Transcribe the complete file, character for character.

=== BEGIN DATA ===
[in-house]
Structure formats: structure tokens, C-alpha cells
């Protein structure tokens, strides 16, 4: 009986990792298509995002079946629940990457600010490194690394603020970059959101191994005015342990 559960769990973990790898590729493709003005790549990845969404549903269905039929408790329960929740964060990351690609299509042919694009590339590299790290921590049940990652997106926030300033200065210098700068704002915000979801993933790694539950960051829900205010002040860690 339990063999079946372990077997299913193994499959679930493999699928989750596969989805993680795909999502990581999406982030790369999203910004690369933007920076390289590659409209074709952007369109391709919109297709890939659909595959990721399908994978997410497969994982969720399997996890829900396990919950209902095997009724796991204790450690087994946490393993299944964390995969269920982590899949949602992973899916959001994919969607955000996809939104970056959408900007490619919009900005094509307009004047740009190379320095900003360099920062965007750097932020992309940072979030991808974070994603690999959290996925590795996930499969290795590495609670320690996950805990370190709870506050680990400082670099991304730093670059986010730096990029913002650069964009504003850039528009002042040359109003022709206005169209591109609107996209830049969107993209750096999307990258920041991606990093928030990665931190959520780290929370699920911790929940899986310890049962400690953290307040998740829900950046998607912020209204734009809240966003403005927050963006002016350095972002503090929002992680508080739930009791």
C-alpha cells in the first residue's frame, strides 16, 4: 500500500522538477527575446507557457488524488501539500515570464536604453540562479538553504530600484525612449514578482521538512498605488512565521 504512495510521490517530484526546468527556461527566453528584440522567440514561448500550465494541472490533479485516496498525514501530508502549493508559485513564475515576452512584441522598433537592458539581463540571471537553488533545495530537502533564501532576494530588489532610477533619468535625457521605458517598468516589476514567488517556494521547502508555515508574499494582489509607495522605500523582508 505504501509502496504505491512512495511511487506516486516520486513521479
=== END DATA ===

[in-house]
Structure formats: structure tokens, C-alpha cells
């Protein structure tokens, strides 16, 4: 009986990792298509995002079946629940990457600010490194690394603020970059959101191994005015342990 559960769990973990790898590729493709003005790549990845969404549903269905039929408790329960929740964060990351690609299509042919694009590339590299790290921590049940990652997106926030300033200065210098700068704002915000979801993933790694539950960051829900205010002040860690 339990063999079946372990077997299913193994499959679930493999699928989750596969989805993680795909999502990581999406982030790369999203910004690369933007920076390289590659409209074709952007369109391709919109297709890939659909595959990721399908994978997410497969994982969720399997996890829900396990919950209902095997009724796991204790450690087994946490393993299944964390995969269920982590899949949602992973899916959001994919969607955000996809939104970056959408900007490619919009900005094509307009004047740009190379320095900003360099920062965007750097932020992309940072979030991808974070994603690999959290996925590795996930499969290795590495609670320690996950805990370190709870506050680990400082670099991304730093670059986010730096990029913002650069964009504003850039528009002042040359109003022709206005169209591109609107996209830049969107993209750096999307990258920041991606990093928030990665931190959520780290929370699920911790929940899986310890049962400690953290307040998740829900950046998607912020209204734009809240966003403005927050963006002016350095972002503090929002992680508080739930009791």
C-alpha cells in the first residue's frame, strides 16, 4: 500500500522538477527575446507557457488524488501539500515570464536604453540562479538553504530600484525612449514578482521538512498605488512565521 504512495510521490517530484526546468527556461527566453528584440522567440514561448500550465494541472490533479485516496498525514501530508502549493508559485513564475515576452512584441522598433537592458539581463540571471537553488533545495530537502533564501532576494530588489532610477533619468535625457521605458517598468516589476514567488517556494521547502508555515508574499494582489509607495522605500523582508 505504501509502496504505491512512495511511487506516486516520486513521479